Wonder Walkers, illustrated and written by Micha Archer, published by Nancy Paulsen Books (an imprint of Penguin Random House), ISBN: 978-0593109649.
Once, after I wrote a rave review for her Daniel’s Good Day, illustrator/writer Micha Archer emailed me a thanks with a photo of her amazing studio. She works with collage so it was beyond cool to see all the scraps of paper used to create one of her amazingly intricate titles. She continues wowing the reader in Wonder Walkers, a heartfelt tribute to taking a nature walk and loving everything the outside world offers. Two expressive children stop and look around them and ask questions such as “Is the sun the world’s light bulb?” and “Do mountains have bones? Are forests the mountain’s fur?”. These queries, mostly fantastical, might prompt fun discussions. Archer delivers one memorable panoramic image after another. It’s the kind of art that invites us to stop and study each detail…from faraway and up close. Recently someone asked me for some good books about nature walks. This title fits the bill perfectly. Kids will be inspired to take a hike outdoors and pose questions about what they see.
The Capybaras, illustrated and written by Alfredo Soderguit, translated from the original Spanish by Elisa Amado, published by Greystone Kids, ISBN: 978-1771647823.Release date: April 13, 2021.
I haven’t seen Soderguit speak about his work. But I became instantly intrigued with this book because, well, I love capybaras. They rock. They wow me with their pure gentle ginormous rodentness. I met a capybara once…they were extremely cool. The Capybaras, translated with bouncy zippiness by Elisa Amado, initially appears to be a funny romp about a flock of chickens not allowing a bunch of capybaras into their farmyard. They not only don’t allow it, they are downright mean and threatening about it, forcing the capybaras back into the water. Masterfully employing spare backgrounds and limited colors (bursts of red, shades of brown), Soderguit does a great job showing the give and take between the furry and the feathered characters. Also, he is not afraid to introduce a palpable tension under the amusing surface. The capybaras need a safe haven from hunters lurking about and hope the chickens will allow them a peaceful sanctuary. At first the capybaras’ eyes seem goofy, in a Jon Klassen/deadpan/Buster Keaton sort of way. But there’s more to their expressions than that. The Capybaras becomes a surprisingly moving story about fairness and friendship, and one with a terrific and reassuring surprise ending.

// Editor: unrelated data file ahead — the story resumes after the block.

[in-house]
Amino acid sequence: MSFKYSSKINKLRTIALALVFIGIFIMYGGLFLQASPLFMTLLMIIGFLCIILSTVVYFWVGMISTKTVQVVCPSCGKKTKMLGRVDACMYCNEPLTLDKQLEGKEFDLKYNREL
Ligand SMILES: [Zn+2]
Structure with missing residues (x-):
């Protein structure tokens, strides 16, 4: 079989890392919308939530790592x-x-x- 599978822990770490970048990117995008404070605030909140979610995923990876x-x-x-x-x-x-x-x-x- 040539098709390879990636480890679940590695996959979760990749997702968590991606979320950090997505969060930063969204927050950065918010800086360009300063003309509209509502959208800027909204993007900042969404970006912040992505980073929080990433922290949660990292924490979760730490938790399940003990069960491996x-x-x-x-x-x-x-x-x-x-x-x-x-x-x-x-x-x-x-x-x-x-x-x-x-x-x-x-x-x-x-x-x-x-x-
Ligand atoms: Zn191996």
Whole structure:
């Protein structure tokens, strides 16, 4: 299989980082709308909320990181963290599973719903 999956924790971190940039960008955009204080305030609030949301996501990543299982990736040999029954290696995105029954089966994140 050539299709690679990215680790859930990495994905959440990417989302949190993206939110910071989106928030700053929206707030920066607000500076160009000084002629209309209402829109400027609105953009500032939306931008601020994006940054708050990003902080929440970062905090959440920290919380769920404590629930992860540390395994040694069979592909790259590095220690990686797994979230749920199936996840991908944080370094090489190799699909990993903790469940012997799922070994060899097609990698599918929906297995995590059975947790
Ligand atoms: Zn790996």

The Big House and the Little House, illustrated by Emiko Fujishima, written by Yoshi Ueno, published by Levine Querido, ISBN: 978-16460497.
This delightful unlikely friendship story between a BIG bear and a teeny mouse was first released in Japan in 2012 and has just now popped up in the States. It’s an absolutely wonderful gem starring two lonely characters who seem like exact opposites. Every day they even head opposite ways to their respective destinations. They finally meet and have tea and become pals. But there’s more to the story than just this. Ueno throws in an effective bit of danger and suspense halfway through. Fujishima’s warm illustrations are just right for this ultimately comforting tale.
The Electric Slide and Kai, illustrated by Darnell Johnson, written by Kelly J. Baptist, published by Lee & Low Books, ISBN: 978-1643790527.
Ah, weddings. They can be happy events with lots of laughs, joy and dancing. Wait, did you say DANCING? Aaaaaaahhhh! Many readers will relate to Kai who does not exactly share his family’s love for hitting the dance floor. He is dreading his aunt’s upcoming wedding because of the promise of a dance-packed reception. Will he make a fool of himself while attempting the Electric Slide? Baptist’s bouncy, warmly funny story reaches a satisfying conclusion and Johnson’s bright, colorful illustrations capture Kai’s journey with fluid finesse.
Gifts of the Magpie, created and written by Sam Hundley, published by Capstone Editions, ISBN: 978-1684462148.
I love me some Dad humor and Hundley’s visually clever and inventive book offers goofy, groany (in a good way) puns galore. Using found objects to great advantage, Hundley tells the story of a magpie attempting to find presents for her pals, but botching their requests (kind of like a birdie Amelia Bedelia). For example, when a lonely mouse says they would like “another mouse,” the magpie gives the critter a computer mouse. Hundley crafts his characters out of combs, rusty spoons, old keys, and other objects. The book has a jubilant bounce to it that captivates.
I Dream of Popo, illustrated by Julia Kuo, written by Livia Blackburne, published by Roaring Brook Press, ISBN: 978-1250249319.
With quiet assurance, Blackburne tells this lovely, personal family story about a young girl who moves from Taiwan to the United States. She has to find her footing in a new place, in a new school. All the while she misses her grandmother, her beloved Popo. Kuo’s crisp, tender illustrations capture their special bond. This is emotionally direct without ever feeling too syrupy. It would work well with storytimes about grandparents, families, and moving someplace new. Pretty much everyone will relate to having to meet with loved ones on Zoom instead of in person.
Out of Nowhere, illustrated and written by Chris Naylor-Ballesteros, published by Simon & Schuster Books for Young Readers, ISBN: 978-1534481008.